Monkeypox was on Friday declared a public health emergency in the United States. This came weeks after its outbreak in Nigeria and other African countries.
To understand how to get yourself protected, this article will dive into every vital information about Monkeypox.
What is Monkeypox
According to the Centre for Disease Control and Prevention (CDC), Monkeypox is a rare disease caused by infection with the monkeypox virus. Monkeypox virus is part of the same family of viruses as variola virus, the virus that causes smallpox. Monkeypox symptoms are similar to smallpox symptoms but milder, and monkeypox is rarely fatal. Monkeypox is not related to chickenpox.
Monkeypox was discovered in 1958 when two outbreaks of a pox-like disease occurred in colonies of monkeys kept for research. Despite being named “monkeypox,” the source of the disease remains unknown. However, African rodents and non-human primates (like monkeys) might harbour the virus and infect people.
The first human case of monkeypox was recorded in 1970. Prior to the 2022 outbreak, monkeypox had been reported in people in several central and western African countries. Previously, almost all monkeypox cases in people outside of Africa were linked to international travel to countries where the disease commonly occurs or through imported animals. These cases occurred on multiple continents.
There are many symptoms of the virus. The CDC says people with monkeypox get a rash that may be located on or near the genitals (penis, testicles, labia, and vagina) or anus (butthole) and could be on other areas like the hands, feet, chest, face, or mouth.
- The rash will go through several stages, including scabs, before healing.
- The rash can initially look like pimples or blisters and may be painful or itchy.
Other symptoms of monkeypox can are:
- Swollen lymph nodes
- Muscle aches and backache
- Respiratory symptoms (e.g. sore throat, nasal congestion, or cough)
You may experience all or only a few symptoms
- Sometimes, people have flu-like symptoms before the rash.
- Some people get a rash first, followed by other symptoms.
- Others only experience a rash.
How long do monkeypox symptoms last?
Scientists say Monkeypox symptoms usually start within three weeks of exposure to the virus. If someone has flu-like symptoms, they will usually develop a rash 1-4 days later.
Monkeypox can be spread from the time symptoms start until the rash has healed, all scabs have fallen off, and a fresh layer of skin has formed. The illness typically lasts 2-4 weeks.
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How Monkeypox Spreads
According to the CDC, Monkeypox spreads in a few ways.
- Monkeypox can spread to anyone through close, personal, often skin-to-skin contact, including:
- Direct contact with monkeypox rash, scabs, or body fluids from a person with monkeypox.
- Touching objects, fabrics (clothing, bedding, or towels), and surfaces that have been used by someone with monkeypox.
- Contact with respiratory secretions.
- This direct contact can happen during intimate contact, including:
- Oral, anal, and vaginal sex or touching the genitals (penis, testicles, labia, and vagina) or anus (butthole) of a person with monkeypox.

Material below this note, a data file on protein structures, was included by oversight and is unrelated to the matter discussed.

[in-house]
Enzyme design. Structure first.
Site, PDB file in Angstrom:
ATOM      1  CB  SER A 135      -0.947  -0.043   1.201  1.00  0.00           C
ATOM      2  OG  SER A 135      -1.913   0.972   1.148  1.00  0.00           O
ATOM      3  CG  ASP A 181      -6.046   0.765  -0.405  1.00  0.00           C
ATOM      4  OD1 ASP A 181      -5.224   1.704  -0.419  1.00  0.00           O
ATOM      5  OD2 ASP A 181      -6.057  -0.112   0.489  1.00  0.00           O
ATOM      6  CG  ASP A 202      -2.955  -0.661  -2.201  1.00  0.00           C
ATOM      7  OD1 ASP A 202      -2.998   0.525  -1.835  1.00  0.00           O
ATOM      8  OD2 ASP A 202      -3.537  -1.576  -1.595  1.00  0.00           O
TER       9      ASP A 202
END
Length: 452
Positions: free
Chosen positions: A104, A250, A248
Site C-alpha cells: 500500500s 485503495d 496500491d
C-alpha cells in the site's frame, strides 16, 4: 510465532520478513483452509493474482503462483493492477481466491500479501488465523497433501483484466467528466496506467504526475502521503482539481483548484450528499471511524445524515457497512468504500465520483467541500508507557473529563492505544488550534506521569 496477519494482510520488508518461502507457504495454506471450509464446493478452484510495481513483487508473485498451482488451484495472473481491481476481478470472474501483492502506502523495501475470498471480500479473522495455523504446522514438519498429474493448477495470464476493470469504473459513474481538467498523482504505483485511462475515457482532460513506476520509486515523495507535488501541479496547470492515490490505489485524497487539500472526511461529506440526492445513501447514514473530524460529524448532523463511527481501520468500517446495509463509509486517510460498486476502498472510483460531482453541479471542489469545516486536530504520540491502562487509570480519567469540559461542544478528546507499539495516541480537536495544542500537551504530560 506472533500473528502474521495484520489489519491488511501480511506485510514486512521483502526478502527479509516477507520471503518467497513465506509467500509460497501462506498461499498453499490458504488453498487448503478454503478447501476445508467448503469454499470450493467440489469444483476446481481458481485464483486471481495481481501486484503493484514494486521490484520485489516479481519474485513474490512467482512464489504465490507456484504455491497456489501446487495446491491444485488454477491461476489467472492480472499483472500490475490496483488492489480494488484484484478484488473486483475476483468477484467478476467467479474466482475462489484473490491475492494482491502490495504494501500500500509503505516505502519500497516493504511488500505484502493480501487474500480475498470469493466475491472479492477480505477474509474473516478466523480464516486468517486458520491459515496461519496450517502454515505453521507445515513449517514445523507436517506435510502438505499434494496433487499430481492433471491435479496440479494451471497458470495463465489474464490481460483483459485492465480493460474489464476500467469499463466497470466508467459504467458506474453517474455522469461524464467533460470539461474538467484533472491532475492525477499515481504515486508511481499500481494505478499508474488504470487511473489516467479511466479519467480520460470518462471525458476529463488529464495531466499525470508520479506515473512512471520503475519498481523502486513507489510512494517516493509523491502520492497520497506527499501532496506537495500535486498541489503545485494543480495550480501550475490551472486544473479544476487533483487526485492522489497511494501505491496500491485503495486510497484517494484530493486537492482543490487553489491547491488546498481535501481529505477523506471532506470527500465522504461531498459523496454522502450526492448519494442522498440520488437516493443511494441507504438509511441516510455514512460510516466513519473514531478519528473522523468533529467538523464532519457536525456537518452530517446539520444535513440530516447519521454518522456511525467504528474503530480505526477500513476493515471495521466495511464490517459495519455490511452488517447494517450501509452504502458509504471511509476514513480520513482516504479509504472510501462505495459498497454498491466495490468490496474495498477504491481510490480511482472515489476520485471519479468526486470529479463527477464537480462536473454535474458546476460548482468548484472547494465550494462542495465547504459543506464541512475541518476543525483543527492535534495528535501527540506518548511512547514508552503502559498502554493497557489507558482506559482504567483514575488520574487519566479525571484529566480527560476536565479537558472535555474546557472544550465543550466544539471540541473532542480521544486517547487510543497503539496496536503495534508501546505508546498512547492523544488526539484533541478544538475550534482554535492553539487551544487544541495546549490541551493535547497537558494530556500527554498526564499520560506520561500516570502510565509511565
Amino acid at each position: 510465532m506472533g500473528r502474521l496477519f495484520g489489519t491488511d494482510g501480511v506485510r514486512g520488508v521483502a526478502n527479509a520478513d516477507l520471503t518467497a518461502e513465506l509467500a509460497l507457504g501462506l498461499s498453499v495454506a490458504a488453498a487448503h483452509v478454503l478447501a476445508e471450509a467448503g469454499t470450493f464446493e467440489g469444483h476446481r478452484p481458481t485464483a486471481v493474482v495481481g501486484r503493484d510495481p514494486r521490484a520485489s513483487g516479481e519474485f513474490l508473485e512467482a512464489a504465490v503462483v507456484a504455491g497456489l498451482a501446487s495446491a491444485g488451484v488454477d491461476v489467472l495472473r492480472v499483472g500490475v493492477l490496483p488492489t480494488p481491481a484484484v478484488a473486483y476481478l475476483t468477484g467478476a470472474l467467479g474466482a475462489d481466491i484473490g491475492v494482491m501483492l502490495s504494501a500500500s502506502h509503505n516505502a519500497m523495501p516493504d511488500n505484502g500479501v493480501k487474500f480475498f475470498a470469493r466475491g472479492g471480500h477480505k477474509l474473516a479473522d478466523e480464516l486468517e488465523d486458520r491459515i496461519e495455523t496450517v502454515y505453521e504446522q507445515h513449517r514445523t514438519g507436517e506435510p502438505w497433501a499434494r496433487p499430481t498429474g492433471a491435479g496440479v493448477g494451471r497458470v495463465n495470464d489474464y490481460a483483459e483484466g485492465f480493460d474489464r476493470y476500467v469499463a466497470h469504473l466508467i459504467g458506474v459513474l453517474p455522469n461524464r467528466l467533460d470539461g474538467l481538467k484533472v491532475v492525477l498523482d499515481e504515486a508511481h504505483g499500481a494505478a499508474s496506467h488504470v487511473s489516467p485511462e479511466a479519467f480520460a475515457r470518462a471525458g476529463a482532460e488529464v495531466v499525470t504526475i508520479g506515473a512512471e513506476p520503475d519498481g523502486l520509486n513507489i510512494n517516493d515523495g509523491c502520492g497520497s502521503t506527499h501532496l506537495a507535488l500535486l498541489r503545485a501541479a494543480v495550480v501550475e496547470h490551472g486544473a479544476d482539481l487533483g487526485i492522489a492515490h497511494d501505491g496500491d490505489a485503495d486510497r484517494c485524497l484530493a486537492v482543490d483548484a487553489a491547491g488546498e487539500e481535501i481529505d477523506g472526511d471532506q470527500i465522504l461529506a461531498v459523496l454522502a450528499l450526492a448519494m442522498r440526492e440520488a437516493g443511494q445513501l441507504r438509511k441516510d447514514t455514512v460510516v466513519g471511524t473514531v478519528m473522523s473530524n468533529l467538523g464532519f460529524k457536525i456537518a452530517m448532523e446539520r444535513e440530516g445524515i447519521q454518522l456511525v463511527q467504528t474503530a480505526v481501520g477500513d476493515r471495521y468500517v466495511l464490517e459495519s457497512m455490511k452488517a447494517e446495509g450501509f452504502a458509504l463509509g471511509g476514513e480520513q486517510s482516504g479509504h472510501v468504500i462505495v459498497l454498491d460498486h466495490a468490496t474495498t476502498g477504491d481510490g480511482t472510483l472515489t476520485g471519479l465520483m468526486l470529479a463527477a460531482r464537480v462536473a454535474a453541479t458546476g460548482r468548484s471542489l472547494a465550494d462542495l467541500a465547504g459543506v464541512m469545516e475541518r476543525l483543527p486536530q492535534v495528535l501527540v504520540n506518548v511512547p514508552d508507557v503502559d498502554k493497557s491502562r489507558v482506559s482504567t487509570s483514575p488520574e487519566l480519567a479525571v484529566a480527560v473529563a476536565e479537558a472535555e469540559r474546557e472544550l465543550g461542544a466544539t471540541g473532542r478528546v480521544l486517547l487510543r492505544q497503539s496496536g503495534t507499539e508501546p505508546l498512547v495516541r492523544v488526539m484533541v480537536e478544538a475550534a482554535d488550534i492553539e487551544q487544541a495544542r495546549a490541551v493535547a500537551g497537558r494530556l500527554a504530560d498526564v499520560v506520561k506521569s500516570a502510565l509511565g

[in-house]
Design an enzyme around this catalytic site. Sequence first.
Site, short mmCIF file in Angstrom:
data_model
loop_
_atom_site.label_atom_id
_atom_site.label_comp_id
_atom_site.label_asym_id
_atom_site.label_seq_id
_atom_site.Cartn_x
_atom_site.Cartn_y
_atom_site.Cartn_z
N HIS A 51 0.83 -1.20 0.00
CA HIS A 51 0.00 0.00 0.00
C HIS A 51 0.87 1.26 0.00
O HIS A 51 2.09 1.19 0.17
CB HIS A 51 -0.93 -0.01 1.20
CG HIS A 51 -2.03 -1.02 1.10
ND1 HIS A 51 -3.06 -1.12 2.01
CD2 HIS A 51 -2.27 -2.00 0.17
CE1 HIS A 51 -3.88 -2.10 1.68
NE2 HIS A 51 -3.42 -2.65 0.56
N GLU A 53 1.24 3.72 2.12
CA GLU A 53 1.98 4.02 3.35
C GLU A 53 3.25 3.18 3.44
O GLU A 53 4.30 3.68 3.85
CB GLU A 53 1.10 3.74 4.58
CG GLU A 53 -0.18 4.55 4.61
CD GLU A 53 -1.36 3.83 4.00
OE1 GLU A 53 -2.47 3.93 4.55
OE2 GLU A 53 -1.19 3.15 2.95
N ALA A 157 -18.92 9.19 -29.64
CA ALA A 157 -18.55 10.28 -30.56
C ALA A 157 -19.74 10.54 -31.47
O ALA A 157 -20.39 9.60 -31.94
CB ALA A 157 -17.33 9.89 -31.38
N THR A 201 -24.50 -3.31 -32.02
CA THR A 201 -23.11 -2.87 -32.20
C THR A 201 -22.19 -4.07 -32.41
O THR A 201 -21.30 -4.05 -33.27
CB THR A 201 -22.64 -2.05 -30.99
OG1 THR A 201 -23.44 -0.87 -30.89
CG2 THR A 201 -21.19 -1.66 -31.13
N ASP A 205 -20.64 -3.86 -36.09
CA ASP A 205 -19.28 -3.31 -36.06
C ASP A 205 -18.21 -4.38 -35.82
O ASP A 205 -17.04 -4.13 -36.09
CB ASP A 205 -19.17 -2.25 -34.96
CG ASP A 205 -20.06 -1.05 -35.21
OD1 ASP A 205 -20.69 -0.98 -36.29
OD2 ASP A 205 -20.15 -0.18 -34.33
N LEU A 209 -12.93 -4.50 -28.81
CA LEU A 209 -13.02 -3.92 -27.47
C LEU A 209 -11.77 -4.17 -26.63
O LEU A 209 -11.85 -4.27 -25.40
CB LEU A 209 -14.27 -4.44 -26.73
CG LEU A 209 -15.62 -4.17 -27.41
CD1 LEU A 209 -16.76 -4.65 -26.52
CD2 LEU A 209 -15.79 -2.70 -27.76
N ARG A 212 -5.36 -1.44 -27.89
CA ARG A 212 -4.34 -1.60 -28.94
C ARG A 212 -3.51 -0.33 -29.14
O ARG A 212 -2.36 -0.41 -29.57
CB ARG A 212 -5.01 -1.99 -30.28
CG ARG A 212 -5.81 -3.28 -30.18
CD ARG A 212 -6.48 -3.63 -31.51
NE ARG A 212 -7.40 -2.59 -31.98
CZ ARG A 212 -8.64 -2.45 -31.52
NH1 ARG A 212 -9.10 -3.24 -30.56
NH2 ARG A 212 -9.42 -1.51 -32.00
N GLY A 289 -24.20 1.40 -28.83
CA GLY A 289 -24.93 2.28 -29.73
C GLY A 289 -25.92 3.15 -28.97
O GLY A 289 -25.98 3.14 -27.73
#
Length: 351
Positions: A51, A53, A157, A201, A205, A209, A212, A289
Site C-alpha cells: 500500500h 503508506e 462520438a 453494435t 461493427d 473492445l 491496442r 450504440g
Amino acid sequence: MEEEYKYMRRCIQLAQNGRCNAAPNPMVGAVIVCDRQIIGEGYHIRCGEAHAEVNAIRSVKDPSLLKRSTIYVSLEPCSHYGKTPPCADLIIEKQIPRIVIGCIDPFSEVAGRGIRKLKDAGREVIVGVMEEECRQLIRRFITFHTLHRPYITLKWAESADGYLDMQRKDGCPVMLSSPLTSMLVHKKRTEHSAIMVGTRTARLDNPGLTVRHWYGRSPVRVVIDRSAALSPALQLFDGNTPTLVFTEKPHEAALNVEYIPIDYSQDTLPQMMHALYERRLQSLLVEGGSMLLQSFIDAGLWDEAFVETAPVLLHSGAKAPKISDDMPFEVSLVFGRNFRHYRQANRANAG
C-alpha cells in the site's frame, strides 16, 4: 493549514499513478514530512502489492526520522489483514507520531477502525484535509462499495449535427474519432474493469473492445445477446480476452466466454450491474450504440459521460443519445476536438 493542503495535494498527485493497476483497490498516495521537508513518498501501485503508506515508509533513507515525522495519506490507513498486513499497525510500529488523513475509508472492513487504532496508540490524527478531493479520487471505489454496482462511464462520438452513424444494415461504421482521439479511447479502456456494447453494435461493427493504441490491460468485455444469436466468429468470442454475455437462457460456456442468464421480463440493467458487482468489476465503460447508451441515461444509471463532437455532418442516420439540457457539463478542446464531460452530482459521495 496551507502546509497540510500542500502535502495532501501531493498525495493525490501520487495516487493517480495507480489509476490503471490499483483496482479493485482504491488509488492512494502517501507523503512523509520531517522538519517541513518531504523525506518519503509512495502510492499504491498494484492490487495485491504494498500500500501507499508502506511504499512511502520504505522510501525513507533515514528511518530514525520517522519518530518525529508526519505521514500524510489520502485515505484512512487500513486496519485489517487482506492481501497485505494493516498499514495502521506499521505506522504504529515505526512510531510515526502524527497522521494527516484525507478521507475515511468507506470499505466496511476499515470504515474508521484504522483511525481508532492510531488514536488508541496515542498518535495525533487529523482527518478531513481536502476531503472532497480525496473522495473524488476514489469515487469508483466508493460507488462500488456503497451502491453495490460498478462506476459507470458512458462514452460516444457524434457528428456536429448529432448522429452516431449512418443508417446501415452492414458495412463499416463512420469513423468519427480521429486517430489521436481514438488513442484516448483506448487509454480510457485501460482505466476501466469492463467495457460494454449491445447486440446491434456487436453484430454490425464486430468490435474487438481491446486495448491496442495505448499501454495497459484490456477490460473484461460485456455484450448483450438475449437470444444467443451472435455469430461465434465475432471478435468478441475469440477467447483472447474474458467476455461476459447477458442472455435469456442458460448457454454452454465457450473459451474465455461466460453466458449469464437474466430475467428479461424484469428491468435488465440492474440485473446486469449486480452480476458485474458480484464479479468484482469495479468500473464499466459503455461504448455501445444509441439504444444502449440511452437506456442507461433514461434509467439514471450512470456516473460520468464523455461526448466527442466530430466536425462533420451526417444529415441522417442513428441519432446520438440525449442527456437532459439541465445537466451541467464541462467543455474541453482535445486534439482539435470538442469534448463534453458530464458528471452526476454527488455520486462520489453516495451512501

- Hugging, massage, and kissing.
- Prolonged face-to-face contact.
- Touching fabrics and objects during sex that were used by a person with monkeypox and that have not been disinfected, such as bedding, towels, fetish gear, and sex toys.
- A pregnant person can spread the virus to their fetus through the placenta.
It’s also possible for people to get monkeypox from infected animals, either by being scratched or bitten by the animal or by preparing or eating meat or using products from an infected animal.
A person with monkeypox can spread it to others from the time symptoms start until the rash has fully healed and a fresh layer of skin has formed. The illness typically lasts 2-4 weeks.
How to protect myself against monkeypox
- Avoid close, skin-to-skin contact with people who have a rash that looks like monkeypox.
- Do not touch the rash or scabs of a person with monkeypox.
- Do not kiss, hug, cuddle or have sex with someone with monkeypox.
- Avoid contact with objects and materials that a person with monkeypox has used.
- Do not share eating utensils or cups with a person with monkeypox.
- Do not handle or touch the bedding, towels, or clothing of a person with monkeypox.
- Wash your hands often with soap and water or use an alcohol-based hand sanitizer, especially before eating or touching your face and after you use the bathroom.
In Central and West Africa, avoid contact with animals that can spread monkeypox virus, usually rodents and primates. Also, avoid sick or dead animals, as well as bedding or other materials they have touched.
The CDC says the preferred vaccine to protect against monkeypox is JYNNEOS, which is a two-dose vaccine. It takes 14 days after getting the second dose of JYNNEOS for its immune protection to reach its maximum.
The ACAM2000 vaccine may be an alternative to JYNNEOS. ACAM2000 is a single-dose vaccine, and it takes four weeks after vaccination for its immune protection to reach its maximum. However, it has the potential for more side effects and adverse events than JYNNEOS. It is not recommended for people with severely weakened immune systems and several other conditions.
People should take precautions to reduce their exposure to monkeypox until immune protection from vaccines has reached its maximum. Consult your healthcare provider to see if you should get vaccinated against monkeypox, and if you should receive ACAM2000 instead of JYNNEOS.